Each reviewer has to use at least two different browsers (textual and graphical browser), and different assistive technologies to review the site. They have to report on how the site works with different tools and settings
This method has been registered and is under the copyright of BrailleNet.
The reviewing process is done by people with different competencies : technical knowledge, user experience, and human factor knowledge.
Different access tools are used for the review: graphic browsers like Microsoft Internet Explorer and Netscape Navigator are used, as well as text-based browsers, like BrailleSurf or Lynx. Moreover, screen readers like Jaws are used. At last, the reviewing tool Bobby from CAST  helps to find out if the site corresponds or not to the WAI Web Content Accessibility guidelines.
The reviewed sites are mainly from general interest, including
public services, media, culture, education, leisure and so on. In June 2001,
there were 26 full reviews of Web sites and each month, a brief analysis of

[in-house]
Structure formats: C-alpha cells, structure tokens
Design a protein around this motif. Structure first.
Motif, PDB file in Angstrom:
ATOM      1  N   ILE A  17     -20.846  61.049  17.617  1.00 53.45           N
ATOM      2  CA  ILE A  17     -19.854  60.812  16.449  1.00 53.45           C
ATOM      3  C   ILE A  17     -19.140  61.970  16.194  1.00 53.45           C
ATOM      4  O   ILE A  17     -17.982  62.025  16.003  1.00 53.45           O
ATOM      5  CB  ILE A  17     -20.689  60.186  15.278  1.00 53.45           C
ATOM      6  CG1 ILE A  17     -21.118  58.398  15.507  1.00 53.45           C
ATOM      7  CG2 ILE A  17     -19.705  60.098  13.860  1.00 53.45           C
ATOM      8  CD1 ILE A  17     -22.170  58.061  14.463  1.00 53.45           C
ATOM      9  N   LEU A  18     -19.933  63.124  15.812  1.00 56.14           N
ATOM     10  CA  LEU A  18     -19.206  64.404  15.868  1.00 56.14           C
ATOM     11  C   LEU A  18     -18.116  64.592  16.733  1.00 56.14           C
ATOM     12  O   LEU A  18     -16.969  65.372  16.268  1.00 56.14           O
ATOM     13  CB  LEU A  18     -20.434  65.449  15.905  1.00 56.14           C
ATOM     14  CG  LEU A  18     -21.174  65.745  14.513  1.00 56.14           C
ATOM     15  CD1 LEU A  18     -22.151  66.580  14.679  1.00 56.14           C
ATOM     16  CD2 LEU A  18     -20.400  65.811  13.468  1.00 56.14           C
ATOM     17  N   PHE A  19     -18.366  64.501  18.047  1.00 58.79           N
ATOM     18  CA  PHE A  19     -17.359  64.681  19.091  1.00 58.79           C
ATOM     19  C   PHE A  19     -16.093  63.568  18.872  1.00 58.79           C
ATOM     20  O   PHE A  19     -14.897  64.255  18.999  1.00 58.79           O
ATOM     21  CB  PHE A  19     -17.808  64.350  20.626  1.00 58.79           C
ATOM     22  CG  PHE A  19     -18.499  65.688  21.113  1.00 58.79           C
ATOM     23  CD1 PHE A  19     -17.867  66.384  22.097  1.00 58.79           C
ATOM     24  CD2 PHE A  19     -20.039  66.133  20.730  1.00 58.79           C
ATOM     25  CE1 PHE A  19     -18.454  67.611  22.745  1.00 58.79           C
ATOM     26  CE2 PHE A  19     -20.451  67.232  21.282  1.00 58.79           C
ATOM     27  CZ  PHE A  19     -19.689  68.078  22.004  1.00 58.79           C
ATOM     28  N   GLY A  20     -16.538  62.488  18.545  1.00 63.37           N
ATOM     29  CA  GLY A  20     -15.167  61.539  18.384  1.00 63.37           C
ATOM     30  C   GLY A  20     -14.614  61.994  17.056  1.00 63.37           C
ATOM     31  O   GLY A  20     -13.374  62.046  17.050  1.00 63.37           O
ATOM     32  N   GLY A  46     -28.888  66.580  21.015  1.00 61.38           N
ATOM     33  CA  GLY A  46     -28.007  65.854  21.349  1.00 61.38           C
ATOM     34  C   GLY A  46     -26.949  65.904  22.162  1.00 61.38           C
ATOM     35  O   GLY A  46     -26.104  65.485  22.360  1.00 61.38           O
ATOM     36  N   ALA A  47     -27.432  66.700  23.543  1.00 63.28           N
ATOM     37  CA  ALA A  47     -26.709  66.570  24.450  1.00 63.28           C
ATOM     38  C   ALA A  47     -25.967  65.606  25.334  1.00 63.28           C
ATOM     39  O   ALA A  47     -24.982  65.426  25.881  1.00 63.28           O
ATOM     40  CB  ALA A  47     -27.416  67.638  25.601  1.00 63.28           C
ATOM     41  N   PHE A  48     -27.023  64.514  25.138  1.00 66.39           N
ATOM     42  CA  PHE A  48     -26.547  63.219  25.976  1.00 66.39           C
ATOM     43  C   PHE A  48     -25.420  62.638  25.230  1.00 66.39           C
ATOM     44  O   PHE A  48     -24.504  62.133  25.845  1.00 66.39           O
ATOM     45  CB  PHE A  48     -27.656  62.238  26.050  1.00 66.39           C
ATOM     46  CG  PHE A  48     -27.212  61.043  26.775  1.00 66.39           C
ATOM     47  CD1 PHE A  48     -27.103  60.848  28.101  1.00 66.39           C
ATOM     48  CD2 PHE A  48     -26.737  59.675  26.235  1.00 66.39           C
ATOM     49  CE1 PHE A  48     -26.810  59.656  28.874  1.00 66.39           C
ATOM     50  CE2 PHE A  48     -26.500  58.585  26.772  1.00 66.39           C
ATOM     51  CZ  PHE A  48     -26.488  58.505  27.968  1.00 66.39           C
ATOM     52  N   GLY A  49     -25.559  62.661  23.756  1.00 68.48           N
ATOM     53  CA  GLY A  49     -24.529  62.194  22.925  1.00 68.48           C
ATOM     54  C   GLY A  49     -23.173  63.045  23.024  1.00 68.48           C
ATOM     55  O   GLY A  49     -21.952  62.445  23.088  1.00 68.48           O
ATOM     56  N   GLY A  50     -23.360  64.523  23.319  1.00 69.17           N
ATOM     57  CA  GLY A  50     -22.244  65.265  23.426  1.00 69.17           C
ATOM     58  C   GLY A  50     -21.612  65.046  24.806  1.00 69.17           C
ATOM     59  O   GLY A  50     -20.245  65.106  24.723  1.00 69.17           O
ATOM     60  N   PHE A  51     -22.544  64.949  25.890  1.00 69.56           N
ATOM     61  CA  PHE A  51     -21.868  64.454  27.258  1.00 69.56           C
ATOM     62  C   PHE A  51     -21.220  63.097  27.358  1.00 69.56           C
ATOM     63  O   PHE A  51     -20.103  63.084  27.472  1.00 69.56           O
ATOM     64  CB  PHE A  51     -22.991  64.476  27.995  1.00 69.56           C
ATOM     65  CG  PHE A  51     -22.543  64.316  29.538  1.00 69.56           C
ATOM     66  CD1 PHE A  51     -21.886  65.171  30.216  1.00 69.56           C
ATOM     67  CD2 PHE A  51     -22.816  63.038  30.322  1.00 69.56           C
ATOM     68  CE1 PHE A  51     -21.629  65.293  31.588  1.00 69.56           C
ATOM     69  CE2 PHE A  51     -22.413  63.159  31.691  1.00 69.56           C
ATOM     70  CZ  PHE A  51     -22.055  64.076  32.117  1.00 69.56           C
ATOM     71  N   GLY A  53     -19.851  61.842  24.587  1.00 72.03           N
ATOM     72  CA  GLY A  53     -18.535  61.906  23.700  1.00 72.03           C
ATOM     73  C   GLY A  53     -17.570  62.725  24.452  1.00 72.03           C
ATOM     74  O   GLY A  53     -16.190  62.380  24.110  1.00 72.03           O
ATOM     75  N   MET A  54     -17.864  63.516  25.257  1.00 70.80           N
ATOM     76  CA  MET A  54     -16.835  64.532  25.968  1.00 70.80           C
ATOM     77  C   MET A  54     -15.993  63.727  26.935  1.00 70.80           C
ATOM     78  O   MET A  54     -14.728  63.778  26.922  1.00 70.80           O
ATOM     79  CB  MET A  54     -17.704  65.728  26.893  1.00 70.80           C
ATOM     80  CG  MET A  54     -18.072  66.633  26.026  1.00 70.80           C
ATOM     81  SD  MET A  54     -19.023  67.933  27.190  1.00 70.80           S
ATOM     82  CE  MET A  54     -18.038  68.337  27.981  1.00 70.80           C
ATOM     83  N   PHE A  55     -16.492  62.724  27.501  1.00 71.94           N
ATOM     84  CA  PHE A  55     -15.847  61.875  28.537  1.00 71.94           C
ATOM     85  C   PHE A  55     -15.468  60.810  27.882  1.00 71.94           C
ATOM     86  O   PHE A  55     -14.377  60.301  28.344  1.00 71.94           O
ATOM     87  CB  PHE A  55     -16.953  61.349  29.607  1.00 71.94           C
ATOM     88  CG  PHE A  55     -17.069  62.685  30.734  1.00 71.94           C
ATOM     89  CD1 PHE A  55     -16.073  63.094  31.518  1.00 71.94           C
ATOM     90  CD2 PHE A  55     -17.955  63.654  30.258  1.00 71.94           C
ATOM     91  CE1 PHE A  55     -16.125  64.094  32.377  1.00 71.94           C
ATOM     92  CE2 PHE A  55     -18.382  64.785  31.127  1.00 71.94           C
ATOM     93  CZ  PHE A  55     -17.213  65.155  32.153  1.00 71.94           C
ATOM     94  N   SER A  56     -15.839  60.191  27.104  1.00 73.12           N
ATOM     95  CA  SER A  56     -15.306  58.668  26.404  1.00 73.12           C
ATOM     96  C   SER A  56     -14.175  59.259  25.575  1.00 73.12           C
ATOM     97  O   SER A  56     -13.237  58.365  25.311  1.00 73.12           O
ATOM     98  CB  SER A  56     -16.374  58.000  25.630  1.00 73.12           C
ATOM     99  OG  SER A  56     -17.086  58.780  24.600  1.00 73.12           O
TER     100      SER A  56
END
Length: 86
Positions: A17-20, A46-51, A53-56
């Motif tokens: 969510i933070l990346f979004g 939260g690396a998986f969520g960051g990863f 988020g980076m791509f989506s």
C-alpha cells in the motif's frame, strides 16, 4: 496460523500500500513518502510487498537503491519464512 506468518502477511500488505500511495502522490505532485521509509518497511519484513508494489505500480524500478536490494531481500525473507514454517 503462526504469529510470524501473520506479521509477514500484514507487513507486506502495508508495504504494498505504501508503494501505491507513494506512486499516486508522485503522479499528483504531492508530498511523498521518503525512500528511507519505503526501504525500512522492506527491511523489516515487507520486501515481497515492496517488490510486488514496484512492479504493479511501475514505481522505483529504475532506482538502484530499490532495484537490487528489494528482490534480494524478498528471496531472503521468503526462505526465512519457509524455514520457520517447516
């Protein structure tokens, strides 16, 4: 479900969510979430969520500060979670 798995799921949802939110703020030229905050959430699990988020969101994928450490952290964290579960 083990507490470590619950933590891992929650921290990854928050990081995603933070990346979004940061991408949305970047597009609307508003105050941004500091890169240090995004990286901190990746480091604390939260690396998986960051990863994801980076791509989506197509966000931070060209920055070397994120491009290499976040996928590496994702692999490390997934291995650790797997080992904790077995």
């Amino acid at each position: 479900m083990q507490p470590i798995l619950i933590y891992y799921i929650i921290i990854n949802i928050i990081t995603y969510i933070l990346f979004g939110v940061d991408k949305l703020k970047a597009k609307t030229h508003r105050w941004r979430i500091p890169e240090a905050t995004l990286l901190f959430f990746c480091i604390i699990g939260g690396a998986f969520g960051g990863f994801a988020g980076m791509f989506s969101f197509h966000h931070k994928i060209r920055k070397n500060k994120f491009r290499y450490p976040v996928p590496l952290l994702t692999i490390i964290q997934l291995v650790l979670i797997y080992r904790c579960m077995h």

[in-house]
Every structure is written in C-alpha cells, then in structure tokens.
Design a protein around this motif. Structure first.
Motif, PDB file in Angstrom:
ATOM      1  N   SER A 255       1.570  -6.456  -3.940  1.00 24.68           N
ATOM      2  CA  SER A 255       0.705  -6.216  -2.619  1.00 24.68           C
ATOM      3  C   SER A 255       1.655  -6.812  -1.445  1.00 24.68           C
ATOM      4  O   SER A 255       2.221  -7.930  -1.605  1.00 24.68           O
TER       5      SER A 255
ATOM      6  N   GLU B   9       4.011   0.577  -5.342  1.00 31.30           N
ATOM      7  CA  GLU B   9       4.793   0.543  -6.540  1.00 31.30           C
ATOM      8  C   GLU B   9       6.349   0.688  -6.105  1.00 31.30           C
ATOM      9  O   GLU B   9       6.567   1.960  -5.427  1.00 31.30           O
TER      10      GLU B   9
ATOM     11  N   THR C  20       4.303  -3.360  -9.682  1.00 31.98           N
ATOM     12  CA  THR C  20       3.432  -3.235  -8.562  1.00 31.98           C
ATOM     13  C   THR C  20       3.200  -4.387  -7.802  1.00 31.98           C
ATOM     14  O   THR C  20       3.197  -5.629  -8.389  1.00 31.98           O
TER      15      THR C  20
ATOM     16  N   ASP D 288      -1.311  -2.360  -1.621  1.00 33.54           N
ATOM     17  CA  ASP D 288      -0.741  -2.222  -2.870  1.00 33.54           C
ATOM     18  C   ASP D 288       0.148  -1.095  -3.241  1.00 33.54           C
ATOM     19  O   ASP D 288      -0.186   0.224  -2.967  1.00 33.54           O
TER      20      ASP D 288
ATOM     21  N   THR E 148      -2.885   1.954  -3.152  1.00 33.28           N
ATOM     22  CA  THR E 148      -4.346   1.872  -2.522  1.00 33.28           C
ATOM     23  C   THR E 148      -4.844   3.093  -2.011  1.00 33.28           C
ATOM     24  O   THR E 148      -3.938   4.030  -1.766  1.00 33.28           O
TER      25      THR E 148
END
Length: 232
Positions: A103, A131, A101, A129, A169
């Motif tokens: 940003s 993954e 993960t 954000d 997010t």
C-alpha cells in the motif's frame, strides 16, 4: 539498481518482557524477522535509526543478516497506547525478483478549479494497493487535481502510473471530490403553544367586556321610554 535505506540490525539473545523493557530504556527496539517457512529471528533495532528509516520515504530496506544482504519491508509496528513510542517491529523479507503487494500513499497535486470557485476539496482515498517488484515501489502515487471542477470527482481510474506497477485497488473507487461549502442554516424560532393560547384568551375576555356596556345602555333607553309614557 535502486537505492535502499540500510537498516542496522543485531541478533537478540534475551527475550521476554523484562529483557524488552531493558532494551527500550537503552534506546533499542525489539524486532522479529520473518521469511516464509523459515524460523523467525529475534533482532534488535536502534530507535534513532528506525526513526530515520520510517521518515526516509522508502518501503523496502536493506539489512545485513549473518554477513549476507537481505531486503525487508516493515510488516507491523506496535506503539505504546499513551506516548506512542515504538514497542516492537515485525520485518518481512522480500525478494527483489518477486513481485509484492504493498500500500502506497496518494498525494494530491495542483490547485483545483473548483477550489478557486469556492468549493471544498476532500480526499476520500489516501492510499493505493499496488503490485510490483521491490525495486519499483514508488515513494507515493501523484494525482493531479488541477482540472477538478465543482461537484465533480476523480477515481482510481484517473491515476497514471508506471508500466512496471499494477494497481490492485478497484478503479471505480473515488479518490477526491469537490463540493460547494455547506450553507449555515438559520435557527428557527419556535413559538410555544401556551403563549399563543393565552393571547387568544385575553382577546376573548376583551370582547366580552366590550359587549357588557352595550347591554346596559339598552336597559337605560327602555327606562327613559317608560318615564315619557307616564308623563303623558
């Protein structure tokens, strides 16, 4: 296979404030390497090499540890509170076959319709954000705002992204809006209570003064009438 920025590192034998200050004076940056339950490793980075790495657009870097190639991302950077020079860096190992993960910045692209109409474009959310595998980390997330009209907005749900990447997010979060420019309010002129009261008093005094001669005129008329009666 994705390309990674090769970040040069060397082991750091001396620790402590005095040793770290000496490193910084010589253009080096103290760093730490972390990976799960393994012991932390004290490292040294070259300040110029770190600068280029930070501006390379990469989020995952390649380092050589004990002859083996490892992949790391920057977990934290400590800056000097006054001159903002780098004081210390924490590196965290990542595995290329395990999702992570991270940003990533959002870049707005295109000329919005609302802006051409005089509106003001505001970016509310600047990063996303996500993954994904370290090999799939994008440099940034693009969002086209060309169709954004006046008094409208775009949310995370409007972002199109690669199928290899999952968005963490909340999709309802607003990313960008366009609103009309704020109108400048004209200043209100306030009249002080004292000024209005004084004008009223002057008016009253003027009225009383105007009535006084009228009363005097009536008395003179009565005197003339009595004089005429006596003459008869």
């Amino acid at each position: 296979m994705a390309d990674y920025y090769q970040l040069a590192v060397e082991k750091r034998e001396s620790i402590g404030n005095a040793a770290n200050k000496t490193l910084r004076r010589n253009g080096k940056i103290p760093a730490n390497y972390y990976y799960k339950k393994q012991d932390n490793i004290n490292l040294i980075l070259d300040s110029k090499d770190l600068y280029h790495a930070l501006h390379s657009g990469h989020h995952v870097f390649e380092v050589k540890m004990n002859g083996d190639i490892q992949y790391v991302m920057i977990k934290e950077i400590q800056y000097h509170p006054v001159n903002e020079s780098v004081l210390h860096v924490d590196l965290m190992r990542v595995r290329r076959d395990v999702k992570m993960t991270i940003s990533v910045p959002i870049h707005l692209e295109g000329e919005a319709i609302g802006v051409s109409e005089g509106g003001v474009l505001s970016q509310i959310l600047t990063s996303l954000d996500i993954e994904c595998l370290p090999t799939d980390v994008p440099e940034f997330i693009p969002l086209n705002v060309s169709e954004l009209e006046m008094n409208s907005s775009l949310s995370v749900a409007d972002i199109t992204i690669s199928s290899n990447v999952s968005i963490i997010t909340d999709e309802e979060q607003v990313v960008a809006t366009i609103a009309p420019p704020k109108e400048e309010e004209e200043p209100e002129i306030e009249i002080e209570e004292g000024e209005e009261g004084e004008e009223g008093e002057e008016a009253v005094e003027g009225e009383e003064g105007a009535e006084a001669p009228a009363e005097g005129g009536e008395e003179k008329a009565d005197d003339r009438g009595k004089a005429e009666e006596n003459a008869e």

a specific site is added. At last, BrailleNet has published a dossier on the
accessibility of 8 famous French newspapers and magazines.
Each full evaluation consists of one own page with an image of the site homepage. On this summary, the problems encountered on the site by people with disabilities are explained and solutions to improve the site accessibility are given. This observatory will be in constant evolution and some of the sites that have been analysed have already been submitted to a second review. It is worth mentioning that a part of them had been improved, others had become less accessible, and a third part of them remained unmodified
. Each site of the observatory has been analysed and noted according to a simplified accessibility scale. BrailleNet has published the results of these reviews on its web site .
Each web site has received a note going from no star to 4 stars. At the moment none of the sites has 4 stars, one site has no star. The notation scale is as follows: